Sunday, 10 February 2019

Modelling Canadian Dredge & Dock

Located on Kingston's Inner Harbour, just past the causeway on the Hanley Spur/west side, Canadian Dredge & Dock was a longtime resident of the area. The dry dock that anchored the site (pun intended) was built in the late 19th century, changing ownership from Davis to CD&D in the 1930's. The site's heyday was a centre of operations during the dredging and construction of the St Lawrence Seaway which opened in 1959. CD&D built many vessels, and remarkably, the site remains in use by fabricator MetalCraft Marine! These two photos, by CD&D employee Stefan Nybom, include one taken from the Imperial Oil tanks (above) and from a dredge (below). Remarkable!
The 1963 insurance map (below) shows a CPR spur serving the Stores building, which is seen just behind the tugboat-on-barge in the above photo.
Initially, I had lots of space for the 'inner harbour' part of my layout, which is centred on a peninsula. So far, the freight shed and unloading ramp, through track to Canadian Locomotive Co., Sowards Coal, S. Anglin and now CD&D are sharing this peninsula. Seeing that spur in Stefan's photo, I definitely wanted to make room for CD&D to receive loads, which I would imagine was the purpose of the spur, though it also reached the yard. Until, of course, I find a photo to prove otherwise! More inspiration...the brigantine St Lawrence II in the dry dock, mid-70's: 
Fun fact - when searching online for a proper CD&D logo for modelling purposes, Google wants to show me many, more references for the dredging scandal and the landmark legal case involving CD&D.
To get started, I wanted a tugboat. Some of the vessels were small enough to be lifted out of the water by crane so could be modelled on dry land. I'm no expert in epoxy water modelling! But modelling a dry dock isn't really water modelling. In fact, I'd have to cut a 'hole' in the benchwork to show a vessel in drydock. Hmmm...
But after seeing HO scale tugboat models starting at $85, I wanted to try something new. So, a $2 block of plasticene from the dollar store was a starting point. Nurse, scalpel! The surgery was a success, with CD&D colours and details applied. This closeup photo is less than flattering, but wait until I get the tug 'on stage' in the scene....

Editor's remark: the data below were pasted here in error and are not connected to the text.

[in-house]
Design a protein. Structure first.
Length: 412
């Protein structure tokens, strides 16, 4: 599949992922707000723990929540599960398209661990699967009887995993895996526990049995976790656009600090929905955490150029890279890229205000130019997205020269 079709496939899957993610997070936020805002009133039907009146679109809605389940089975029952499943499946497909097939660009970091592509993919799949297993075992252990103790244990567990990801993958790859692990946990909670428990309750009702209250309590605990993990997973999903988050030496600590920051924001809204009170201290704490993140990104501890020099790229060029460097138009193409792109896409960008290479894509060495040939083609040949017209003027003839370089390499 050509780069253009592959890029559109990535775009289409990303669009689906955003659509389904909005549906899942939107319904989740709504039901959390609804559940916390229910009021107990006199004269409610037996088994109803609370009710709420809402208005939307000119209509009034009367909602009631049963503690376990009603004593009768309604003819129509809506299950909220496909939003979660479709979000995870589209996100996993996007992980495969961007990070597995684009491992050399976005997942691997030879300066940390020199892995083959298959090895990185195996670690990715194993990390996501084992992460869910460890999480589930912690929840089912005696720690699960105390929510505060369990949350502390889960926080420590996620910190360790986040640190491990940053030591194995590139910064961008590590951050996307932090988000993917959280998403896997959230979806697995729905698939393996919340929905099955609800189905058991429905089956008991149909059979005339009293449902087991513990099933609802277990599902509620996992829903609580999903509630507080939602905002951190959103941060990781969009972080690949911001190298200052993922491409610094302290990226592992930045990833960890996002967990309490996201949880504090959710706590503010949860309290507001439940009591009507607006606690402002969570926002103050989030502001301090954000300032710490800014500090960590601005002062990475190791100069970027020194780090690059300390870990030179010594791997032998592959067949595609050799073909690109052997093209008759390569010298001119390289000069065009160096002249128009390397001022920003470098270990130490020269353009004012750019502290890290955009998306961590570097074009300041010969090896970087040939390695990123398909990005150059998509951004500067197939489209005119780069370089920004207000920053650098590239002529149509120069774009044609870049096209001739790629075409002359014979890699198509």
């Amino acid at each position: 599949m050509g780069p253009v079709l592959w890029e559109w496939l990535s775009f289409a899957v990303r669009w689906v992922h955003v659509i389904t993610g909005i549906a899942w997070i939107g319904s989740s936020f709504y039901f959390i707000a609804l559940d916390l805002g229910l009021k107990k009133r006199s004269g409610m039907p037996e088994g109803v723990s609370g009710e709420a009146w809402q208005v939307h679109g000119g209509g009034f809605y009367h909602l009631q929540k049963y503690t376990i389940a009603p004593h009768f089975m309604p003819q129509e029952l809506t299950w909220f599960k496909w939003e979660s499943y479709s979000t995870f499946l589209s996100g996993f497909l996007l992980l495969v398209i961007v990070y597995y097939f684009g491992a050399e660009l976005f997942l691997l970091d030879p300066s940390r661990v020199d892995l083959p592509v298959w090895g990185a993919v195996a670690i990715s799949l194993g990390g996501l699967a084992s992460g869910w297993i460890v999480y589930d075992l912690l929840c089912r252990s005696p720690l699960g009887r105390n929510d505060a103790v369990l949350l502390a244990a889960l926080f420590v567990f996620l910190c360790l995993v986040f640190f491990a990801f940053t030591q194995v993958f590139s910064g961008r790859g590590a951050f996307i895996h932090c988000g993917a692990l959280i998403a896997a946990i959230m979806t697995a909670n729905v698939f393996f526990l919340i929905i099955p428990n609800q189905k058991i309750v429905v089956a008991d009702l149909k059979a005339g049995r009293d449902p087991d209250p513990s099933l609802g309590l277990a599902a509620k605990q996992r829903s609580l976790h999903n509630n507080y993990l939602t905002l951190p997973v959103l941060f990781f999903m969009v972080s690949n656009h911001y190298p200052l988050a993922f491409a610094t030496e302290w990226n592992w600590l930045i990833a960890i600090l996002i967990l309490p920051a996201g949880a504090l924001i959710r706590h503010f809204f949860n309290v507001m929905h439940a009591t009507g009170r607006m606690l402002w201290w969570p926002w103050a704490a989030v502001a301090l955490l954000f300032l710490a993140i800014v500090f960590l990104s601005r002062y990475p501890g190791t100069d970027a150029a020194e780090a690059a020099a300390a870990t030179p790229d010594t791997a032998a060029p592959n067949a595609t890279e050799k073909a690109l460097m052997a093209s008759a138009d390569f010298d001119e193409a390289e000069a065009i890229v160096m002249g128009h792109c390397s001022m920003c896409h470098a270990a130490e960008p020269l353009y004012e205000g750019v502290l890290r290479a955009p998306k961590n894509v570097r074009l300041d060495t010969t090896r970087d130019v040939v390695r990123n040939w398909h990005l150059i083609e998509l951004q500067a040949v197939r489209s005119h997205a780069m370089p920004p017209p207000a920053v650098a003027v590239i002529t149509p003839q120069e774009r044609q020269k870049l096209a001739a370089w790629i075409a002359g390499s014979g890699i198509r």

Heavy equipment, work buildings, scratchbuilt tug and barge are now in the scene. I'm still considering the idea of cutting a drydock into the benchwork!
Just to the left of these photos, a single spur now serves three industries: CD&D, Shell Oil and S. Anglin Co.


  1. Stefan Nybom's photos are awesome. Lots of dredge action! I distinctly remember the four ships berthed on the causeway for some time after I moved to Kingston as a kid. Is anything known about them?

  2. I think they were Halco canallers, Drew. Since remaining canallers wintered here, it must have been second nature to keep them here as they slowly outlived their usefulness.

    The Nybom photos are truly awesome because of the detail and scope of each one, but how he took them must have been a story in itself.

    I'm reliving Mark R. talking about Knapp boats, the Inch Arran and all that other *interesting* folklore he absorbed while living alongside the causeway!

    Thanks for your comment,

  3. Interesting; I googled canallers & Kingston and came up with lots of photos, but none from Kingston! Yes, I remember the excitement of seeing Inch Arran as a kid each time my parents drove across the causeway, although then I called it "the battleship". Mark R. was indeed interested in the goings-on in the inner harbour, with an enthusiasm for dredges in general, and Primrose in particular. As usual, I regret not taking photos of that area back then.

    1. Not that I ever expected to be modelling the Hanley Spur, but I have very few photos of that entire part of town. Surprising! I don't remember the 'Inch' at all!
      Thanks for your comment, Drew.

  4. More info, Drew. A Whig photo shows Coniscliffe Hall leaving Kingston in 1973 - one of the Hall canallers that had been at causeway for 3 yrs. Remember the Wittransport that was renamed, eventually going to the Caribbean to haul water? It was Northcliffe Hall, another of the Halco ships. Coniscliffe Hall was going to be a drilling ship, and may have been the last Halco canaller to operate under its own power.
    Hope this helps,

  5. Yes, much ink was spilt over the presence of Cape Transport which became Wittransport II, mainly over how she was an eyesore. I couldn't find her ultimate fate but I imagine it was inauspicious like many of her sister ships (sinking, being cut up for scrap, etc).


I'm happy to hear from you. Got a comment about the Hanley Spur?